If propaganda is a reality devoid of facts, a convincing narration which bewitches our reason, well, the bard of the wonder of colonization was doubtless, Kipling, while it was Conrad who lifted the veil that covered the embarassing truth. He resisted the charm of the sirens’ songs of his age and in a voyage down the river Congo, he saw with his own eyes the darkest side of the empire, its heart, a “Heart of Darkness”.
The assumption that the civilizing mission of western cultures was essentially a moral duty, was based on the rooted idea of the undiscussed superiority of the white man. By the way, as for many grand enterprises, the continuous effort in term of cost and people involved had become a “burden” in time, a noble burden, for sure, so that the Americans, as emerging power, were invited by Kipling to share with the Britons their mission in his poem:” The White Man’s Burden“. Kipling explained that the mission consisted in sending the “best breed” of a nation into “exile” to – pay attention – “serve” the “captives’ needs”. Being “newly caught”, they were not able to understand the stroke of luck that had fallen on them and could be unwilling to be taught the customs of the white man.The empire’s civilizing mission apparently was at the service of the natives who were seen as “fluttered”, “wild”,”sullen”, in short : “half devil and half child”. It is a powerful symbology indeed, as ” devil” refers to the natives’ evil, dangerous and sinful nature, that is why the word “mission” , with its religious connotations, acquires even a higher meaning, while their being at the same “child” reinforces the idea of their inferiority, which is due to their naivety and ignorance.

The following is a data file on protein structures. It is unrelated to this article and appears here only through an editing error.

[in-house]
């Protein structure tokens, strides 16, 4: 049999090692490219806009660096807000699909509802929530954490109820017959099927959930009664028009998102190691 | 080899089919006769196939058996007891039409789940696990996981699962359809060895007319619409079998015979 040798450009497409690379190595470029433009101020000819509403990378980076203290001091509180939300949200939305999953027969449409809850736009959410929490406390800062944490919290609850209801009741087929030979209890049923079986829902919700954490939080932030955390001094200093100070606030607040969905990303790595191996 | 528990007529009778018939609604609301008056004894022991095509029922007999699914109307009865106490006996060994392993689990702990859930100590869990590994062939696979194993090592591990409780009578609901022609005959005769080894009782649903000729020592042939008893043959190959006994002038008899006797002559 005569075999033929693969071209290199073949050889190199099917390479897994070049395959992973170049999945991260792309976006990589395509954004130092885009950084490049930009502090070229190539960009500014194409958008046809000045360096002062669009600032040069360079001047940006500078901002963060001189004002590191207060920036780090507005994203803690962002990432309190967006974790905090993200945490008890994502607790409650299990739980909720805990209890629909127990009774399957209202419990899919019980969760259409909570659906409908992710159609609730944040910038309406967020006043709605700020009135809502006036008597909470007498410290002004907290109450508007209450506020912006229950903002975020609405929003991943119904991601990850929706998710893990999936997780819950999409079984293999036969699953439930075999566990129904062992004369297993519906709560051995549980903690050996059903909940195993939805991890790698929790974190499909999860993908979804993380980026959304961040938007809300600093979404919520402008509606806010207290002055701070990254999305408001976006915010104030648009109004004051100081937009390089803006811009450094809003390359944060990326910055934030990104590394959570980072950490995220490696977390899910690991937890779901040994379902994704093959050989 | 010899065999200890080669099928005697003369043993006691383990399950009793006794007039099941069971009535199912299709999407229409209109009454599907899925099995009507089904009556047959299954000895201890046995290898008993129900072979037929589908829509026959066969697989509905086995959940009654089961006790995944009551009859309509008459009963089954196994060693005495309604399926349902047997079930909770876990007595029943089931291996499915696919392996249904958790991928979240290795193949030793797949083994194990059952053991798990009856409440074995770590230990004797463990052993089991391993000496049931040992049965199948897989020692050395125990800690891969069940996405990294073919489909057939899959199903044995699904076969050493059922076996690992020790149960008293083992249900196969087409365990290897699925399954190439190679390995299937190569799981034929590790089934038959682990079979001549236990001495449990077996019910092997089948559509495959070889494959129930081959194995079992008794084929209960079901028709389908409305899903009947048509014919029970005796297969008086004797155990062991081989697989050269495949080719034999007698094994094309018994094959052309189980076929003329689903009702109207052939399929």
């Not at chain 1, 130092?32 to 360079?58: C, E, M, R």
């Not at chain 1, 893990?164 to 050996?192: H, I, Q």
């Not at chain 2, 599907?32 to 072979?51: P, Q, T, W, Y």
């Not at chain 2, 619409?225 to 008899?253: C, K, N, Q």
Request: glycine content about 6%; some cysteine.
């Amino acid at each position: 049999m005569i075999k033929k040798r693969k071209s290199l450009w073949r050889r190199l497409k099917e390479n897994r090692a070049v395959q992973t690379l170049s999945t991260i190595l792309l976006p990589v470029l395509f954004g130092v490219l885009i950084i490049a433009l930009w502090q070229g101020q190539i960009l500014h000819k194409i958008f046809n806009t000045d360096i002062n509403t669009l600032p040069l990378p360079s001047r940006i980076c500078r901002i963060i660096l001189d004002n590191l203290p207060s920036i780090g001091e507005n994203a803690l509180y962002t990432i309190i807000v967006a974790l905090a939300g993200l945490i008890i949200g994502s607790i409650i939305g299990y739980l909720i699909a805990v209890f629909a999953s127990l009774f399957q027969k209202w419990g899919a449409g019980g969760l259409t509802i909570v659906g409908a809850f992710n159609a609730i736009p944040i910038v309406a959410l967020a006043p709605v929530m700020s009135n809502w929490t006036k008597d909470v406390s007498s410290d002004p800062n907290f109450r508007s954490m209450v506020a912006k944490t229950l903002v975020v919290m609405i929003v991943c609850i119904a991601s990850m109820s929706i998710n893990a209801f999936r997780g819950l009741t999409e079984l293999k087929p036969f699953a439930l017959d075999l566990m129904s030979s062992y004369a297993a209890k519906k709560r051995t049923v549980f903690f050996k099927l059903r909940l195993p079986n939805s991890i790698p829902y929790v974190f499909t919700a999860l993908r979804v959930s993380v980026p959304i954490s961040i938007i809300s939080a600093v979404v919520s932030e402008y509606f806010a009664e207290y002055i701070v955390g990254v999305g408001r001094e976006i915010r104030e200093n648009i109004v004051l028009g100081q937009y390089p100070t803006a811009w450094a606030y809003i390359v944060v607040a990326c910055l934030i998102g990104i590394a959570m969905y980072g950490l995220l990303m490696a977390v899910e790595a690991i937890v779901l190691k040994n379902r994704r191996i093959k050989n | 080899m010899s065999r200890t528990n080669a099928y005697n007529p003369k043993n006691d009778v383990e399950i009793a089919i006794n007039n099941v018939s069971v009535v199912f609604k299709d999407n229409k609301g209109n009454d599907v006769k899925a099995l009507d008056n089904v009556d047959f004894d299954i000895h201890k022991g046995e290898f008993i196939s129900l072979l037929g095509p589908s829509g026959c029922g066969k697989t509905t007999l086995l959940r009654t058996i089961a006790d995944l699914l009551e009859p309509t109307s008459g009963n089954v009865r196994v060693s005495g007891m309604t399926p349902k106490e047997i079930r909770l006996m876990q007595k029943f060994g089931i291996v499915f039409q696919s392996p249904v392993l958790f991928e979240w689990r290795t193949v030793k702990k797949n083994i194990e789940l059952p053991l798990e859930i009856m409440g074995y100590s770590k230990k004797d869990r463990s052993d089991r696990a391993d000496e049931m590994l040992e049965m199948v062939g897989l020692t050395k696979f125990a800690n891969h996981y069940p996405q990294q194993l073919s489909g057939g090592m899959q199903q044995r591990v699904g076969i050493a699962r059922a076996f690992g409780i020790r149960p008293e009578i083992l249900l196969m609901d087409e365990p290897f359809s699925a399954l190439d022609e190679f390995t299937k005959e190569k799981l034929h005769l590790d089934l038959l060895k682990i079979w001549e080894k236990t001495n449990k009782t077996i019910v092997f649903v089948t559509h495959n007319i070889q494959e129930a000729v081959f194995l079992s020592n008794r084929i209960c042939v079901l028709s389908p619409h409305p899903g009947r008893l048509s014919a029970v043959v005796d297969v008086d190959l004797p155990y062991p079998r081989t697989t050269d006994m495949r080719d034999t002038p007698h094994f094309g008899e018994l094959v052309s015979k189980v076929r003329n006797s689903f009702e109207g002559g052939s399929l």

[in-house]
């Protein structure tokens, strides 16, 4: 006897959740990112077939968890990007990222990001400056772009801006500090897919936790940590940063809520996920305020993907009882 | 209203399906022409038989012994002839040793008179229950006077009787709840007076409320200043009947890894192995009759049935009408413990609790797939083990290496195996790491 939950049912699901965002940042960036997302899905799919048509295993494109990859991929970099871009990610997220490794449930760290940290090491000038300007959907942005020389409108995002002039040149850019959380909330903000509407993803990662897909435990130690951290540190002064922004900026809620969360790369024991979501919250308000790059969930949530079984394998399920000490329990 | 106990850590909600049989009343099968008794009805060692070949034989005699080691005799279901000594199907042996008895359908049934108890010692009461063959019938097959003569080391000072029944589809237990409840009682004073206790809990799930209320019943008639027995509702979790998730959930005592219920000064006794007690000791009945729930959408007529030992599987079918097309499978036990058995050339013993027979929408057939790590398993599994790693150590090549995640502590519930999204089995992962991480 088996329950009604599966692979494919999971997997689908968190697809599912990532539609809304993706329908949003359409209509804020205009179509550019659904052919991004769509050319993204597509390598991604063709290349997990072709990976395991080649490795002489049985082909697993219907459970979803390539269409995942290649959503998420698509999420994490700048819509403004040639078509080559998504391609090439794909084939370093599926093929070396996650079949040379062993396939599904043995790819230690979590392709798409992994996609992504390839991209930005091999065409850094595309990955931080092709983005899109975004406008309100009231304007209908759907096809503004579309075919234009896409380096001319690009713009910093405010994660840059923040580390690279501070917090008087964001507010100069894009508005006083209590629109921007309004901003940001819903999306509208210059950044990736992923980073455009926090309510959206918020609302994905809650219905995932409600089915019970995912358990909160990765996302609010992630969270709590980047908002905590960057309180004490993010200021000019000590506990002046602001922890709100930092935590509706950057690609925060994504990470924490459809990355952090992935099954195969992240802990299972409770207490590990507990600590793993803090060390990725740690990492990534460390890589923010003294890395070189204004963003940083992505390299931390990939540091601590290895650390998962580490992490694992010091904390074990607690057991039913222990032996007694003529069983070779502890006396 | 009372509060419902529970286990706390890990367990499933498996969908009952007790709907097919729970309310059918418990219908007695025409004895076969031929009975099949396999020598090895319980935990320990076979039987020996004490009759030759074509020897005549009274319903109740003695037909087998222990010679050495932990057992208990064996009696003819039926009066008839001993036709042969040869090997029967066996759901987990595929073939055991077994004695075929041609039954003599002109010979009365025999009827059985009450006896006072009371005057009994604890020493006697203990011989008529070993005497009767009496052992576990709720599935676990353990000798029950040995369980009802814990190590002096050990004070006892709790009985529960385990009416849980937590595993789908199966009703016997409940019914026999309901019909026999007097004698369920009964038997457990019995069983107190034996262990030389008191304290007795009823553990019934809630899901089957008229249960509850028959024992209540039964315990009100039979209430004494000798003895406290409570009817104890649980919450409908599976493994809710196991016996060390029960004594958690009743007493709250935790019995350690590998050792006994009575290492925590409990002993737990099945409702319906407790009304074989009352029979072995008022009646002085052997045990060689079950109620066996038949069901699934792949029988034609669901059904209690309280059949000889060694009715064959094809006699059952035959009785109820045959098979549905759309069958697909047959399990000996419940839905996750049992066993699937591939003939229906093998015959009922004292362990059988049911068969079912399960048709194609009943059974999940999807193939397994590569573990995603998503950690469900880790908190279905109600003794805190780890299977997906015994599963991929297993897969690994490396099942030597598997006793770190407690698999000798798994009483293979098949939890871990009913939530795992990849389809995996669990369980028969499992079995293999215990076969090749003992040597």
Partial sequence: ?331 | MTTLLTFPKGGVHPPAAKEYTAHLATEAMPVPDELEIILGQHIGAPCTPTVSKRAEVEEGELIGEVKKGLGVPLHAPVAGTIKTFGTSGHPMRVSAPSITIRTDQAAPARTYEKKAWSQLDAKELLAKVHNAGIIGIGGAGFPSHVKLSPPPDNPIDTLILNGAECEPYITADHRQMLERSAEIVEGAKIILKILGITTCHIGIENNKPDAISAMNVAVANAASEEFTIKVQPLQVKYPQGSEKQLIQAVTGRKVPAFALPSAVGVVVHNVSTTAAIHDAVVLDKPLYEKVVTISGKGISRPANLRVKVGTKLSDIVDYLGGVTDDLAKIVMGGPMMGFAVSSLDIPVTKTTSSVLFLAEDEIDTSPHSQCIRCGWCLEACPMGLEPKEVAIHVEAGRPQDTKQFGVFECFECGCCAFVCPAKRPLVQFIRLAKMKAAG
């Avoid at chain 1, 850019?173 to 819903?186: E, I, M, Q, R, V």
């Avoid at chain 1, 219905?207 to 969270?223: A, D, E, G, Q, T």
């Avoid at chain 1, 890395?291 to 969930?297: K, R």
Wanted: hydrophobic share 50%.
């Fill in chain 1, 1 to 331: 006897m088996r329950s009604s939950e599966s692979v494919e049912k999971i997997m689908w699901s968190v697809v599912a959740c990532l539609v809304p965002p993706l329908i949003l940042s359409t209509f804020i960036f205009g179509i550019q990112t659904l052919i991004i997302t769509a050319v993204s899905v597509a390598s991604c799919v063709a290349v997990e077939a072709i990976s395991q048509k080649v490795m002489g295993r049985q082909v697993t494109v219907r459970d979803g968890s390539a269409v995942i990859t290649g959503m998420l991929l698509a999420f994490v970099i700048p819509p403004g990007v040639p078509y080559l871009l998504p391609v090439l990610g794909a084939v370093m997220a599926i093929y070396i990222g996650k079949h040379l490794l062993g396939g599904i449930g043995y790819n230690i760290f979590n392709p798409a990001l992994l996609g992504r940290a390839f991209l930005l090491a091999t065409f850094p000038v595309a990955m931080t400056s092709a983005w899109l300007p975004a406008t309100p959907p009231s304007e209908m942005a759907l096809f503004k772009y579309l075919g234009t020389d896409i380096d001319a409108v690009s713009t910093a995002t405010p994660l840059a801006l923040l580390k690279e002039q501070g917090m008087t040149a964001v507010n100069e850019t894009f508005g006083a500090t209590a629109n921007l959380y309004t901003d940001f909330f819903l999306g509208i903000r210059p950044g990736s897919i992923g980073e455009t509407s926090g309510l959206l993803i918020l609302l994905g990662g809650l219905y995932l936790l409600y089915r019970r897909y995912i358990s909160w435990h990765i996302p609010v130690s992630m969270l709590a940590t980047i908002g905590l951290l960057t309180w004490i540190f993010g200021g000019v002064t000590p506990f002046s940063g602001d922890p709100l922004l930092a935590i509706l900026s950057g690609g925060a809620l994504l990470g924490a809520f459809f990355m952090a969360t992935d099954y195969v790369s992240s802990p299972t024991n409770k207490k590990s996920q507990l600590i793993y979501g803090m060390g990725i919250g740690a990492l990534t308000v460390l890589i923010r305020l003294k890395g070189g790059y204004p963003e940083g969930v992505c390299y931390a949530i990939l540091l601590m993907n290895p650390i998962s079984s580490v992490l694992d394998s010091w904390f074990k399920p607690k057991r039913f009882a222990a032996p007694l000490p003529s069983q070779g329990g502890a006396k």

However, it is when Marlow, the narrator of Conrad’s Heart of Darkness, is traveling down the river Congo through the wilderness on a steam boat and eventually manages to “open a reach” that the veil of the hypocrisy of colonization is definitely pierced. His eyes are wide open to an unexpected reality, which metaphorically seems to blind him at first. A light is thrown on the dark side of the “mission”:
“A blinding sunlight drowned all this at times in a sudden recrudescence of glare.” (Heart of Darkness Chpt 1.)
It is a ” scene of inhabited devastation”. Pointless activities have caused a “waste of excavations” and an early deforestation. Useless pieces of machinery are scattered everywhere and lie on the ground like rotten carcasses of animals. It is a scene of both physical and moral death. The natural noise of the rapids is replaced by the deafening sound of the horn which anticipates a “dull detonation” which shakes the ground. He sees the natives running away fearful, trying to find a shelter under a “clump of trees”. These men are “mostly black and naked” and move about “like ants”. Six of them pass him by. They are chained, ragged, silent :
“I could see every rib, the joints of their limbs were like knots in a rope; each had an iron collar on his neck, and all were connected together with a chain whose bights swung between them, rhythmically clinking.” (Heart of Darkness Chpt 1.)
Marlow’s conclusion does not leave room for any doubt:
“these men could by no stretch of imagination be called enemies. ” (Heart of Darkness Chpt 1.)
But an effective storytelling could.